ed. Emmy Beber
Edited by Emmy Beber
Imprint: Dead Letter Office
Paperback, 5×8 in., B/W, 306pp.
Publication date: October 16, 2018
Thema: DSK, DSC, FXL
Categories: Literary Studies
Among the wonders of The Bodies That Remain is the fact nobody has thought to do precisely this before: a book about the ways past writers’ and artists’ bodies insist, persist, and haunt us in the present. Under Emmy Beber’s engaged and vigilant editorship, The Bodies That Remain addresses itself to the nature of biography, relations between creativity and incarnation, desire and its discontents, illness as metaphor and emphatically not metaphor. There are bodies that felt and feel too present, those that vanish or turn out never to have been, others that assert themselves or doubt themselves in the work they have made.
~ Brian Dillon, Royal College of Art
The Bodies That Remain is a collection of bodies and absences.
Through biography, experimental essay, interview, fictional manifestation, and poetic extraction, The Bodies That Remain is a collection of texts and images on the bodies of artists and writers who battled with the frustration of their own physicality and whose work reckoned with these limitations and continued beyond them.
The essays in The Bodies That Remain look back at how the identities of these bodies were shaped by the spaces around them, through the retelling of memory, through stories told by others, of how their work, processed by their body, made it possible for others to experience sensations – mourning, desire, or a nostalgia that could not belong to another, to another’s body – and in capturing this ability, their work confirms the body’s urgency.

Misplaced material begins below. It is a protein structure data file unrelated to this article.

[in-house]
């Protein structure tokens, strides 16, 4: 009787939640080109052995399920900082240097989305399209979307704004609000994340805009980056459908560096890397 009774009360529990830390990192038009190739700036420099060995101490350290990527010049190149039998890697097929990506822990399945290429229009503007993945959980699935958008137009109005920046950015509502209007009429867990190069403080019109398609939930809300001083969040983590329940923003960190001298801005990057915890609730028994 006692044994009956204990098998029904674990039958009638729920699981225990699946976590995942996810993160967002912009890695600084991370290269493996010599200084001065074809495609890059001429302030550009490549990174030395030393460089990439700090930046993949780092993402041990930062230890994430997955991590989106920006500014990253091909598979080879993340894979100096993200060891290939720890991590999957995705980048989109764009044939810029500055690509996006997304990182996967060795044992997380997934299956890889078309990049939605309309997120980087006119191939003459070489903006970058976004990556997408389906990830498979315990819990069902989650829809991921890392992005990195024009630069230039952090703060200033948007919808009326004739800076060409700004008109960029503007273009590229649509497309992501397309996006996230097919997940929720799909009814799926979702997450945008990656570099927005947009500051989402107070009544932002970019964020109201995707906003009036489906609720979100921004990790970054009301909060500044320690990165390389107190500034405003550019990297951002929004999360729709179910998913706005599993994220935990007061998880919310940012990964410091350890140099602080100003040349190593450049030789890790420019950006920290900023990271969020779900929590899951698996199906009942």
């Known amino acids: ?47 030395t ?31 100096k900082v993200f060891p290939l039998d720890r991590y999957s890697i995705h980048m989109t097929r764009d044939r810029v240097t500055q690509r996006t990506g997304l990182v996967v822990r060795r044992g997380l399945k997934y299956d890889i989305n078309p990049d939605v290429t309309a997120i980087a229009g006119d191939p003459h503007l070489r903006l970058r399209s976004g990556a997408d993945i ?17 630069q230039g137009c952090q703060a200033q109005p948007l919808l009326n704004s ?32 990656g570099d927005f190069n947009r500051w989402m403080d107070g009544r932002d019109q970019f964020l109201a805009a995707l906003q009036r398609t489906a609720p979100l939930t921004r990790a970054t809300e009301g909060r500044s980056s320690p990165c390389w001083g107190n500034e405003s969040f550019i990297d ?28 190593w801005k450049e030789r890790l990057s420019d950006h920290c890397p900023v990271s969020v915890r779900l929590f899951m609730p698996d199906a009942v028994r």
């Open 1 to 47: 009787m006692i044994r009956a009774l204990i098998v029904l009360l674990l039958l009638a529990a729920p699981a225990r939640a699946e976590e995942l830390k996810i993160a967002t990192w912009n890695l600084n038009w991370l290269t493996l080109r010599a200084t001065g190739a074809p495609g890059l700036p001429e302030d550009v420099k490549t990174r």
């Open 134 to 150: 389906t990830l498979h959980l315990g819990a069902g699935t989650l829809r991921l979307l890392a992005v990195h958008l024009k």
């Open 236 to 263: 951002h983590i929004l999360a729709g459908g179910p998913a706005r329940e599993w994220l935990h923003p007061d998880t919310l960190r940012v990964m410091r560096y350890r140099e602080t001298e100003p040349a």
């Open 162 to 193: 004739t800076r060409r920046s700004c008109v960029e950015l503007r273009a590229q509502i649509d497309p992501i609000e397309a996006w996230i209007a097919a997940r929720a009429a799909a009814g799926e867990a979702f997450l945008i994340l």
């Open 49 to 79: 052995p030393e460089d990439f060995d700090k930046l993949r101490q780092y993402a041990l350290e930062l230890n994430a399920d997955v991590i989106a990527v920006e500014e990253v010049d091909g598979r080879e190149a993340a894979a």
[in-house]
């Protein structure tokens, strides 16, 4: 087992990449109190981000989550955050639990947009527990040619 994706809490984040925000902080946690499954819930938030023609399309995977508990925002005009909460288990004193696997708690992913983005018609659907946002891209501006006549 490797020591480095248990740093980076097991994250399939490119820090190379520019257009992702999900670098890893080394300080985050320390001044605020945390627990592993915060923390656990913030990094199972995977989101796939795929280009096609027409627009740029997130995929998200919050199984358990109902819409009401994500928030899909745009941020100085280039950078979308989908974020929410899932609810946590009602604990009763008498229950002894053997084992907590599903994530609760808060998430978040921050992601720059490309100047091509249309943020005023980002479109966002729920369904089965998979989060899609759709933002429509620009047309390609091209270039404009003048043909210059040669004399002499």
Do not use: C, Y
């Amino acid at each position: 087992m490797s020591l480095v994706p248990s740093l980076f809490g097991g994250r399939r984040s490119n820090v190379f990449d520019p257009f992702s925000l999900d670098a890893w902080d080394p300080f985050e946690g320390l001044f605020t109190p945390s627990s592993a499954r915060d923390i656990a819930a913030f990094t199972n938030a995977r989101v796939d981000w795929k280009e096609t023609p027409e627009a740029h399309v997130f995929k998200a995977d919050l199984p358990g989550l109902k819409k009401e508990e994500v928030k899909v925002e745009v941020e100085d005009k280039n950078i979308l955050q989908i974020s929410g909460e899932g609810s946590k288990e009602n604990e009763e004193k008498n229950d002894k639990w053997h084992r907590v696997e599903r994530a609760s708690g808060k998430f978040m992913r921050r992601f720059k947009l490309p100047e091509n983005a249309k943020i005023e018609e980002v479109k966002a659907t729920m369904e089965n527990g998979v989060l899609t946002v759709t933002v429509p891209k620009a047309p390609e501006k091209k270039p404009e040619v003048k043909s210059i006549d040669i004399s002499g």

Amongst others, The Bodies That Remain tells the story of Emily Dickinson’s decay, the missing grave of Valeska Gert, the voice and sound of the body of Judee Sill, and the derailed body (and work) of Jane Bowles. It questions the absent body but broken organs of JT Leroy as they find themselves scattered across texts, and also interrogates the loss of distinction of illness for Jules de Goncourt as syphilis riddled his nervous system. It retrieves the illusory body of Kathy Acker through dream and through horror, sees the morphing body of Michael Jackson in becoming all of the bodies he was asked to be, and looks toward Sylvia Plath and the language of her own body.
Where ‘body’ as a verb makes material something abstract, The Bodies That Remain, as a collection, became bodily.
Emmy Beber is a writer, editor and teacher in London. She performs as part of the collective and band WE with Pil and Galia Kollectiv and Victor Jakeman. She has a BA in History of Art, an MA in Critical Writing in Art and Design and a PGCE, specialising in music education.